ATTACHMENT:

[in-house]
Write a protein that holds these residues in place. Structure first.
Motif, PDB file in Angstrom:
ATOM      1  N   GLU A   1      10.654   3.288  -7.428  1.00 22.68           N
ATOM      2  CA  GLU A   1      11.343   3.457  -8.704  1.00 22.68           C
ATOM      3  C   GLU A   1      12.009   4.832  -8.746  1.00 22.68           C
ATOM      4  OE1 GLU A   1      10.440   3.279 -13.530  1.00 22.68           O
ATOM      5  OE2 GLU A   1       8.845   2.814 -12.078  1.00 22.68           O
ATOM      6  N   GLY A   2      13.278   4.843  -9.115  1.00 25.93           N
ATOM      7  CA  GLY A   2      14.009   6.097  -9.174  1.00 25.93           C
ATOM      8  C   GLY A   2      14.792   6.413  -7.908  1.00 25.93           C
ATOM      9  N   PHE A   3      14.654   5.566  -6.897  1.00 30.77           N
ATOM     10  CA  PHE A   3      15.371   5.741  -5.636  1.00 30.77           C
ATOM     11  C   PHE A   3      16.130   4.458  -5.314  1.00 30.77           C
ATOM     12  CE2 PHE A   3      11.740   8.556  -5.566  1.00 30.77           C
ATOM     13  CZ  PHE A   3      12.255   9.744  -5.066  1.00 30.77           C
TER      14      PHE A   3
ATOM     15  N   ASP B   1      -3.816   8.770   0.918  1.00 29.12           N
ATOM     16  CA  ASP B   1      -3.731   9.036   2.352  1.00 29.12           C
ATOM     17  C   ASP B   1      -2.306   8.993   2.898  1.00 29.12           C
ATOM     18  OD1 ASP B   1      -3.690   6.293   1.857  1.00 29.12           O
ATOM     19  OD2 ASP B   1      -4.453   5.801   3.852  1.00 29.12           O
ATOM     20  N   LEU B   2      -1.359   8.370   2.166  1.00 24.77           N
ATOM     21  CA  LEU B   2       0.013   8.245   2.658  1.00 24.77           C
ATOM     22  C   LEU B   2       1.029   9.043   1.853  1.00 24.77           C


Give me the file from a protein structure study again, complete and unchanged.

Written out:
[in-house]
Write a protein that holds these residues in place. Structure first.
Motif, PDB file in Angstrom:
ATOM      1  N   GLU A   1      10.654   3.288  -7.428  1.00 22.68           N
ATOM      2  CA  GLU A   1      11.343   3.457  -8.704  1.00 22.68           C
ATOM      3  C   GLU A   1      12.009   4.832  -8.746  1.00 22.68           C
ATOM      4  OE1 GLU A   1      10.440   3.279 -13.530  1.00 22.68           O
ATOM      5  OE2 GLU A   1       8.845   2.814 -12.078  1.00 22.68           O
ATOM      6  N   GLY A   2      13.278   4.843  -9.115  1.00 25.93           N
ATOM      7  CA  GLY A   2      14.009   6.097  -9.174  1.00 25.93           C
ATOM      8  C   GLY A   2      14.792   6.413  -7.908  1.00 25.93           C
ATOM      9  N   PHE A   3      14.654   5.566  -6.897  1.00 30.77           N
ATOM     10  CA  PHE A   3      15.371   5.741  -5.636  1.00 30.77           C
ATOM     11  C   PHE A   3      16.130   4.458  -5.314  1.00 30.77           C
ATOM     12  CE2 PHE A   3      11.740   8.556  -5.566  1.00 30.77           C
ATOM     13  CZ  PHE A   3      12.255   9.744  -5.066  1.00 30.77           C
TER      14      PHE A   3
ATOM     15  N   ASP B   1      -3.816   8.770   0.918  1.00 29.12           N
ATOM     16  CA  ASP B   1      -3.731   9.036   2.352  1.00 29.12           C
ATOM     17  C   ASP B   1      -2.306   8.993   2.898  1.00 29.12           C
ATOM     18  OD1 ASP B   1      -3.690   6.293   1.857  1.00 29.12           O
ATOM     19  OD2 ASP B   1      -4.453   5.801   3.852  1.00 29.12           O
ATOM     20  N   LEU B   2      -1.359   8.370   2.166  1.00 24.77           N
ATOM     21  CA  LEU B   2       0.013   8.245   2.658  1.00 24.77           C
ATOM     22  C   LEU B   2       1.029   9.043   1.853  1.00 24.77           C